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Thread: I made a mistake

  1. #1
    are you serious? Shelley's Avatar
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    I made a mistake

    I did a reasonable size photoshoot of graduation photos - unfortunately cannot show, due to being students.

    I set my ppi to 300 in raw and then in cs5 I resized to 8x10 before editing - my mistake, kick myself - is that the resolution for some reason changed to some weird number like - 400, 500 etc. which I did not notice. I edited etc., changed background.

    What should I have set in cs5 to stop this happening? I should not have to change to 300 ppi each time, should I when resizing?


    If I change to 300 - am I safe to then go ahead and print. Its probably a dumb question - but its a paid shoot. Just checking my quality will still be okay.
    Shelley
    (constructive criticism welcome)

    www.shelleypearsonphotography.com


  2. #2
    Arch-Σigmoid Ausphotography Regular ameerat42's Avatar
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    Shelley. What am I missing. Did you (somehow managed to) change the raw file?

    Did you not save a tiff or jpeg to use for printing?

    In CS5, did you set "Resample Image"? If so, you will have changed the image size (I don't mean print size).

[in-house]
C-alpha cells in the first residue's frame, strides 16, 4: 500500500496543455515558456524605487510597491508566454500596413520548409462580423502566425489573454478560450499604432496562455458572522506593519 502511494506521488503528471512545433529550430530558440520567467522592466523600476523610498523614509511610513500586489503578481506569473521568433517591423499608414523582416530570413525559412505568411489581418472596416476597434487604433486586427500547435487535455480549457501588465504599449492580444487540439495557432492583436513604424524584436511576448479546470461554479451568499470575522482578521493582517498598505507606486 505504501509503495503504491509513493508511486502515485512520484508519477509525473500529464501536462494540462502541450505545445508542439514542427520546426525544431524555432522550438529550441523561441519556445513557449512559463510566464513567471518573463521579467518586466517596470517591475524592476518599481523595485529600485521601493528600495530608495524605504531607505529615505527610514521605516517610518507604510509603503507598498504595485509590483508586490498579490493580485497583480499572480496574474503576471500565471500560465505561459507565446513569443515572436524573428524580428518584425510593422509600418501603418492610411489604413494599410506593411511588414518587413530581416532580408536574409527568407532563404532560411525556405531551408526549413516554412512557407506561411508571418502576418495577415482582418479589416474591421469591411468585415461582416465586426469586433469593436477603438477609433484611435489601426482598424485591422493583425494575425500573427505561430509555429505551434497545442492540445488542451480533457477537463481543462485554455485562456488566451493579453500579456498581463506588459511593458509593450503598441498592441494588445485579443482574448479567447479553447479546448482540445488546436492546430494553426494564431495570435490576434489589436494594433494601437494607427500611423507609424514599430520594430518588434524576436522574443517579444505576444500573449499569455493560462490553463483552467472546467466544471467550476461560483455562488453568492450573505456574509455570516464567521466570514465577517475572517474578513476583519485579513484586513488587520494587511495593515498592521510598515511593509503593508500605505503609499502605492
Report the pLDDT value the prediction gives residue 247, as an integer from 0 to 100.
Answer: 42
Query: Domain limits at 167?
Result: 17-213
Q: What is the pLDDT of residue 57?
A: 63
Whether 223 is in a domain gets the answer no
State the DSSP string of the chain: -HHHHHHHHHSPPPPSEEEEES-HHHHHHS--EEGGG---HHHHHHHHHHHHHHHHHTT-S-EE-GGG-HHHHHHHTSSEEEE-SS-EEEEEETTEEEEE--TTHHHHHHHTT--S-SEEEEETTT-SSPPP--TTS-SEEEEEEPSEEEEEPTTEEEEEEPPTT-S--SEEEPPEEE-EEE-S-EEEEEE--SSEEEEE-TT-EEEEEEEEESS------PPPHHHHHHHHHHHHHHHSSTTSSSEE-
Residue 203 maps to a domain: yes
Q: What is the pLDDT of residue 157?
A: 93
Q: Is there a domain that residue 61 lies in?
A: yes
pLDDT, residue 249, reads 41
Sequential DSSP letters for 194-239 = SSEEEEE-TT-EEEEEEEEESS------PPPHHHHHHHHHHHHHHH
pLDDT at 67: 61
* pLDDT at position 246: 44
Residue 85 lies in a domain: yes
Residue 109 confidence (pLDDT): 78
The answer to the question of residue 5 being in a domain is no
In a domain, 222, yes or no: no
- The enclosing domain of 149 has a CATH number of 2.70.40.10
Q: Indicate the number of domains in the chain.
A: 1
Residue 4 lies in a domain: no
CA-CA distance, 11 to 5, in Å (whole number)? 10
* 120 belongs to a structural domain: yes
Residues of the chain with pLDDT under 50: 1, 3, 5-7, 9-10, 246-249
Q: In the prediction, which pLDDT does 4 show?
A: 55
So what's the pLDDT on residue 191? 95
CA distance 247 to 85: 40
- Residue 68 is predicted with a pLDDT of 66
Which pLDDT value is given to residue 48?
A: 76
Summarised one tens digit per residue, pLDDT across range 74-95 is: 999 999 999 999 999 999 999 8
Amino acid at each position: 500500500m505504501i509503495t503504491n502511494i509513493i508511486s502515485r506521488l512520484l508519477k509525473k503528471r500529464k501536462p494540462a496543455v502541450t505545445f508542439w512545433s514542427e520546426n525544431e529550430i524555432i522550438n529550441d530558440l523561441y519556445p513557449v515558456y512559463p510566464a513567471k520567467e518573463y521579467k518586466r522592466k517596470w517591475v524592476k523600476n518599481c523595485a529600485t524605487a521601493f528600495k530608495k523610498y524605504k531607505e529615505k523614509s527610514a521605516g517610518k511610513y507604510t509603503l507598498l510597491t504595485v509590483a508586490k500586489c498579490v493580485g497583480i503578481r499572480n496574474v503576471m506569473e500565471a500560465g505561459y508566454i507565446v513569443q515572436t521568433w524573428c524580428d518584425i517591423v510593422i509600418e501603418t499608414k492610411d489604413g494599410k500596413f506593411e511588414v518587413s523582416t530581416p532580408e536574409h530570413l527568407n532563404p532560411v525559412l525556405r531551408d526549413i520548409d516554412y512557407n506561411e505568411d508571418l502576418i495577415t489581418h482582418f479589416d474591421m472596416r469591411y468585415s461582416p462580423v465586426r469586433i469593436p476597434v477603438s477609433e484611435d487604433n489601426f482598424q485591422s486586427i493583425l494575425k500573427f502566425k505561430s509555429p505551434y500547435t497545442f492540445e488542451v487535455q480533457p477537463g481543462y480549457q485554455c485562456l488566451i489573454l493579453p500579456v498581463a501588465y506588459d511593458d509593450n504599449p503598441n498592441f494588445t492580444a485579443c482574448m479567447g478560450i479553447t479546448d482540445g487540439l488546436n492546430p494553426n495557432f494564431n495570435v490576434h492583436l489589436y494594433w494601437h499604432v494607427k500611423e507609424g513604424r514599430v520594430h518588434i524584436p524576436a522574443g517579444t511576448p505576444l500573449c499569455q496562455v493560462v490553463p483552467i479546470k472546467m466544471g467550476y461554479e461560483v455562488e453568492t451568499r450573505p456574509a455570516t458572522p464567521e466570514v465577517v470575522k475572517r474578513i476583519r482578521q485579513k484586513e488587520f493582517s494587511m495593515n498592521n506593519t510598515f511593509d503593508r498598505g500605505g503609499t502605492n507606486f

CC, Image editing OK.

  3. #3
    Should make absolutely no difference what you set the dpi to when converting from RAW. It will only matter what the actual dimensions are in pixels. Are you trying to size them to 8x10 inches, or just save them to the 4:5 ratio? In ACR you can use the crop tool set to 4:5 ratio and do this for a batch using the Synchronize option. Be careful though as you'd need to have shot wide enough in the first place to accommodate this. I'd then do the edits and finish off by using File>>Automate>>Fit Image and set the pixel size to 3000 (ten inches at 300 dpi). That will do both horizontals and verticals correctly.

    Tell us more.

  4. #4
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    If you want images that end up 8" X 10" at 300 ppi, probably the safest and fastest option is to go to the crop tool, and set it up in the options tool bar to crop at 8" X 10" at 300 ppi. Then just crop the photo where you want to, and the resulting image will be automatically resized to those settings.

    You may then save that setting as a preset, which you can then access on a dropdown menu on the far left hand side of the options bar.